Regulation has dominated fund administration. With one deadline gone (AIFMD) and another approaching (Ucits V), the focus on compliance remains. The big question, says Nicholas Pratt, is what this will mean for the provider landscape.
Twenty firms took part in this year’s Funds Europe Third-party Fund Administration Survey – the same number as last year, with newcomers replacing those that had fallen away.
Langham Hall and Pictet Asset Services are first-timers. The former is a specialist fund administrator that opened its first Luxembourg office in 2014. The latter, with its Swiss private banking background, specialises in private label funds.
Some absences are down to consolidation. For example, Credit Suisse’s fund administration business was acquired by BNP Paribas in August 2014.
It is perhaps surprising that there has not been more consolidation, bearing in mind the predictions about merger activity in the past 12 months. A fairly common observation has been that smaller administrators would struggle to survive, and only the large administrators backed by investment banks would have a sustainable future.
The most recent change was Citi’s January announcement that it would exit the hedge fund administration business due to earnings below expectations and rising regulatory costs.
The 20 participating firms held a total of €23.354 trillion in assets under administration (AuA) within Europe at December 31, 2014. This is an increase of 14.9% on the AuA for Europe in 2013 (excluding JP Morgan, which did not provide comparable figures).
Only two firms – Alceda and Swedbank – reported any decrease in AuA for the survey period. The latter suffered a sizeable dent in its AuA following the exit of its subsidiary fund management company from Luxembourg.
A new aspect of the survey was the listing of Ucits and non-Ucits AuA within Europe. The introduction of the Alternative Investment Fund Managers Directive (AIFMD) has created a lot of work for administrators but, given that it will bring many alternative funds into a regulated environment for the first time, it is expected that the figure for non-Ucits assets will grow.
The AIFMD is also expected to influence jurisdiction. Not surprisingly, Luxembourg and Ireland dominate the fund administration landscape. In their two-way tussle for assets under administration, Luxembourg wins in terms of Ucits funds (€1,260.25 billion versus €864.5 billion), whereas Ireland has the larger AuA for non-Ucits funds (€1,050 billion versus €439.6 billion).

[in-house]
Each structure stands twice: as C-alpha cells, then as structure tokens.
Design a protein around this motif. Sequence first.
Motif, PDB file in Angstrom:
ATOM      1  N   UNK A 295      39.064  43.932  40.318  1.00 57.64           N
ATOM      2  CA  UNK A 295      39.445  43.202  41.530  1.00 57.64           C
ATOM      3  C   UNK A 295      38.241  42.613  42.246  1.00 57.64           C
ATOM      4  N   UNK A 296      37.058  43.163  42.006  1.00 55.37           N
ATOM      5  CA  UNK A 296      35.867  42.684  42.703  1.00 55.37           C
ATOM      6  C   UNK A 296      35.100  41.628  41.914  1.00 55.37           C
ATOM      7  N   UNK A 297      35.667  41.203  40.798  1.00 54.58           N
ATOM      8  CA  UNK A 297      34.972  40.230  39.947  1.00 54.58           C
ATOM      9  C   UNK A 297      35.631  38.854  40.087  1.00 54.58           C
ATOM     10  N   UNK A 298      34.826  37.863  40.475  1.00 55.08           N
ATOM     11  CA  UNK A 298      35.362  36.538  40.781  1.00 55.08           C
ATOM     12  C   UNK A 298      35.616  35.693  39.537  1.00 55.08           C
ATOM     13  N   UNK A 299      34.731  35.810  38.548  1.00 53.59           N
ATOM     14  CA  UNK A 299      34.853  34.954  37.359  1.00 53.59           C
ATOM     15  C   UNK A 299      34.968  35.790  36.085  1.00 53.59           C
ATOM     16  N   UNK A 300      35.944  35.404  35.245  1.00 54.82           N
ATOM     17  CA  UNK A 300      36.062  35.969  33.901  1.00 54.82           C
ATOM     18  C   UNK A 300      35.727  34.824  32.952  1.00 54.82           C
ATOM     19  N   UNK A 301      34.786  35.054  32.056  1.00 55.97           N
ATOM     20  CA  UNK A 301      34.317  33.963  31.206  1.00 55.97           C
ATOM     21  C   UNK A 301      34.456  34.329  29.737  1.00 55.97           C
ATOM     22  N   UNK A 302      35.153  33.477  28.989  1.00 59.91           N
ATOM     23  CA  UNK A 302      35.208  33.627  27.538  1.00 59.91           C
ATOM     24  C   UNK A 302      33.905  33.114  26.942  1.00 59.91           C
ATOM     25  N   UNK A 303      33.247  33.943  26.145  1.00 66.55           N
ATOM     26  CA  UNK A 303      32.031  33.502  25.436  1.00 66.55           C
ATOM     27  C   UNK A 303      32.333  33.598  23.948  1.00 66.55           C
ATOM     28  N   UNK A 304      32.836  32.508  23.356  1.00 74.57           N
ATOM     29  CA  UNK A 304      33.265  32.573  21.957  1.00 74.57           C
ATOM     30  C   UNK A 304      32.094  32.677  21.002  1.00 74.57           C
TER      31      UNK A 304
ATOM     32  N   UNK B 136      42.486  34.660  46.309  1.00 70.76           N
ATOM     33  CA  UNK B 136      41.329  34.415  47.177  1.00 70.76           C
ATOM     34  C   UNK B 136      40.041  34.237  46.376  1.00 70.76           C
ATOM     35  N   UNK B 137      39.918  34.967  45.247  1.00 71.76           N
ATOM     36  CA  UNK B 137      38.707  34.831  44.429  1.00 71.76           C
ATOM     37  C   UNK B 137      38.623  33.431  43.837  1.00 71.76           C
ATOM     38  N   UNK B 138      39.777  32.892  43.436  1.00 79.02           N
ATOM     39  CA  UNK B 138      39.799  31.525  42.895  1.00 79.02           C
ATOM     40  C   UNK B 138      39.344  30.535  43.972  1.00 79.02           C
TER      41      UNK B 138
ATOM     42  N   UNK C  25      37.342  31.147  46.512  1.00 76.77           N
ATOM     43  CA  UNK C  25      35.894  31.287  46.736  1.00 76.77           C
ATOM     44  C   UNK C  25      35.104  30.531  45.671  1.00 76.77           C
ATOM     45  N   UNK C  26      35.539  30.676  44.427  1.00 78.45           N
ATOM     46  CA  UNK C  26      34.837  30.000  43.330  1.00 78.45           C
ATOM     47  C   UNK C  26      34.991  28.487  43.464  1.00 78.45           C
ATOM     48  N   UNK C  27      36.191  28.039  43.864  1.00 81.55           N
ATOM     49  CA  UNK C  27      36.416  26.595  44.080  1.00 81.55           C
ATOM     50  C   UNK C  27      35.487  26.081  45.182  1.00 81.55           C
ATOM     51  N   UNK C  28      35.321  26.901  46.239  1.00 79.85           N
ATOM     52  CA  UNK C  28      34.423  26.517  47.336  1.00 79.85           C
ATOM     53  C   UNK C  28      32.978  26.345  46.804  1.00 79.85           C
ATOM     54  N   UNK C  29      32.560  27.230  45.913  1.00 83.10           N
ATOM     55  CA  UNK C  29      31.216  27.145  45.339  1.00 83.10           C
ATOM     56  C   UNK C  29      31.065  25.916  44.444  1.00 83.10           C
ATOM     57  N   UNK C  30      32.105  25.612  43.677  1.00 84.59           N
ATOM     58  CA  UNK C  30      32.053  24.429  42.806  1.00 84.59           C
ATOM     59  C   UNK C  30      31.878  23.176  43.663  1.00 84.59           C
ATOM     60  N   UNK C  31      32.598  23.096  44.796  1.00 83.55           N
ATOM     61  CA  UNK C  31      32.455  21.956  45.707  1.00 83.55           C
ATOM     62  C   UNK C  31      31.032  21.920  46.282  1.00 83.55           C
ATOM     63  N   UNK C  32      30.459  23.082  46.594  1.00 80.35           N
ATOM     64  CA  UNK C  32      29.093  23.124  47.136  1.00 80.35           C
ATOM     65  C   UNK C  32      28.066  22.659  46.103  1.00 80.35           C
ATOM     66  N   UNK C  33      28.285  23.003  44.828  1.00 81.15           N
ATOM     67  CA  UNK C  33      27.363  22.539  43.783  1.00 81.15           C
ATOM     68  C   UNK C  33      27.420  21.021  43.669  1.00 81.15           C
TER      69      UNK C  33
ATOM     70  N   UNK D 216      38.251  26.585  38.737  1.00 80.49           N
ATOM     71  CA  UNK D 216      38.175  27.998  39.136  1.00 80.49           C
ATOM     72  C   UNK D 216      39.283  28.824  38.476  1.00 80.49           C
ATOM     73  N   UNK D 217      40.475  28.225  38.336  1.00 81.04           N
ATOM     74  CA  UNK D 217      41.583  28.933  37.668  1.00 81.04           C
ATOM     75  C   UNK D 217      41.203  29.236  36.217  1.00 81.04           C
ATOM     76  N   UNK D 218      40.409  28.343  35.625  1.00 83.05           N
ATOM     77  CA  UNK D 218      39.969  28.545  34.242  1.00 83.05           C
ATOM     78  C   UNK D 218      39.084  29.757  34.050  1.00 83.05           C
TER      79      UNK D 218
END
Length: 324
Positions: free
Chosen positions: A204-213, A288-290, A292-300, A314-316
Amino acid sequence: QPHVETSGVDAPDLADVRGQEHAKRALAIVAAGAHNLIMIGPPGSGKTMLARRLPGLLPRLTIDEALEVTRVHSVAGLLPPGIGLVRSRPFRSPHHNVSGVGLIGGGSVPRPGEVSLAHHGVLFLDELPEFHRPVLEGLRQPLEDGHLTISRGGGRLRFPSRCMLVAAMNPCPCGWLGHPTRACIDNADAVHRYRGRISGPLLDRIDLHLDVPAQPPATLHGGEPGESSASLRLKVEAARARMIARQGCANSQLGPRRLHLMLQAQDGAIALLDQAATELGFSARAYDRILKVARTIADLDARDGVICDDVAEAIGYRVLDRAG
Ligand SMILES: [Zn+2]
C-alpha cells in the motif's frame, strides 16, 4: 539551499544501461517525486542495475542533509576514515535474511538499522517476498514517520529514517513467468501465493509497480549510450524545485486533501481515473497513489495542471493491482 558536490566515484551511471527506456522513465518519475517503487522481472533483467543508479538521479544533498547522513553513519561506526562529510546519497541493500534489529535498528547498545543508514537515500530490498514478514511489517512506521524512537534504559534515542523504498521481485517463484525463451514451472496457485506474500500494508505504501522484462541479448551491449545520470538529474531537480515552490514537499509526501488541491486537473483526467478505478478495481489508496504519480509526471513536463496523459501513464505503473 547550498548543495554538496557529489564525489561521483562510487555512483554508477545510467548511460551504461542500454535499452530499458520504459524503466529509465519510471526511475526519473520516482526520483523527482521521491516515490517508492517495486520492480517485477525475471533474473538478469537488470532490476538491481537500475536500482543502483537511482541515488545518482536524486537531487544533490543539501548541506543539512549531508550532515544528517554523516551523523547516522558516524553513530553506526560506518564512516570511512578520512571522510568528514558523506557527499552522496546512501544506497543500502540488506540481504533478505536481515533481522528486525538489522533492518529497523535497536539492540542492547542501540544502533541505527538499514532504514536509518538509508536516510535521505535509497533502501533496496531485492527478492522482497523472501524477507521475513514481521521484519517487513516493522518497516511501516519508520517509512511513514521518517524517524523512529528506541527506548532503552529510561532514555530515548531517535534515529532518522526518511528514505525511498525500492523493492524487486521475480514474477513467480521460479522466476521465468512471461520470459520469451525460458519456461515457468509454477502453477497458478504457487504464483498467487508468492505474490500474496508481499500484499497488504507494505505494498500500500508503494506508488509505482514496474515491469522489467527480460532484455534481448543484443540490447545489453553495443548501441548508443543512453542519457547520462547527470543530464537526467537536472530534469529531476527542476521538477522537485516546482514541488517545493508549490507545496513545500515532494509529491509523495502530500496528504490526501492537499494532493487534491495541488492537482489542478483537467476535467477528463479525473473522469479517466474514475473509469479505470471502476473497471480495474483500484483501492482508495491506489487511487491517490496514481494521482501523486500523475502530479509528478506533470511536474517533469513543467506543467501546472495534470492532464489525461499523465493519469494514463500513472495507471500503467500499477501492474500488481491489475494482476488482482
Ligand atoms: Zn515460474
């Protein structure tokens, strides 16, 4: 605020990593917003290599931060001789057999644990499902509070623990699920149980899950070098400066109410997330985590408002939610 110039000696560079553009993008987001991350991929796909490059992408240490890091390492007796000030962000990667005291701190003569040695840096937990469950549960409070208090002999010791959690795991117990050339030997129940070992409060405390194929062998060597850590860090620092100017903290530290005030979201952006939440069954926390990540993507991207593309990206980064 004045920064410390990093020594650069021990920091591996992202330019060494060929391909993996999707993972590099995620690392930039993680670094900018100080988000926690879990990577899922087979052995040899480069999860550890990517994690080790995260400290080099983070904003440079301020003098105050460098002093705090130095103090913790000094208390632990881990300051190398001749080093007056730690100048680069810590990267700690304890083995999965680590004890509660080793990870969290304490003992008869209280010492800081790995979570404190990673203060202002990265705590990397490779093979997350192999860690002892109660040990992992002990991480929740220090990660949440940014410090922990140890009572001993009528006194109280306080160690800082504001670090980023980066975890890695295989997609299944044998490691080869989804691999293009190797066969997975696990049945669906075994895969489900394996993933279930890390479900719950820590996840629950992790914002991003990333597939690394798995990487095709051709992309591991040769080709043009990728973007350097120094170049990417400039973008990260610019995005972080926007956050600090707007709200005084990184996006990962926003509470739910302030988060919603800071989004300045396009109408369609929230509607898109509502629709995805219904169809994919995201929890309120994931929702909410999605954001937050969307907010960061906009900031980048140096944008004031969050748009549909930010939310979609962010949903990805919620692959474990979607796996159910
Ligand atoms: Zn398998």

These figures as a percentage of EU-based AuA will be expected to grow in subsequent years as regulatory pressures increase the demand for ‘one-stop shop’ domiciles at the expense of smaller, offshore domiciles. It may also reduce the chances of any new states emerging as centres for fund administration, potentially scuppering Cyprus and Poland’s chances of replicating Malta’s recent success as a centre for specialist fund administration.
This growth, though, will be dependent on the success of the AIFMD brand and the cost of administering these funds. Pervaiz Panjwani, EMEA head of global fund services at Citi – which has offices in Portugal, Poland and Hungary, as well as the most popular states (UK, Netherlands, Luxembourg and Ireland) – warns that “regulatory provisions that are anti-competitive could shift flows outside of Europe”.
One of the biggest challenges cited in Funds Europe’s 2014 report was one facing smaller, independent administrators. With regulation mounting and fee pressure continuing to squeeze margins, would they still be able to service smaller funds?
The importance of keeping fees low has required a “corporate rethink” for Alceda, says Michael Sanders, managing director and chairman of the board. This rethink means “stronger co-operation with strategic partners” and focusing on a selected range of sizeable funds. “To reach a reasonable total expense ratio, it does not make sense to run funds with a size below €100 million.”
There are still administrators servicing funds that fall below this. Langham Hall has a €900,000 debt fund and SS&C has a €700,000 multi-asset hedge fund. These are the two smallest mandates listed by the survey participants. However, it may be likely that such relatively modest mandates will be less frequent in years to come.
Fee pressure has not been limited to the smaller independent players, though. Pierre Cimino, managing director of Caceis Bank, Luxembourg, believes it has been driven both by clients and competition among providers.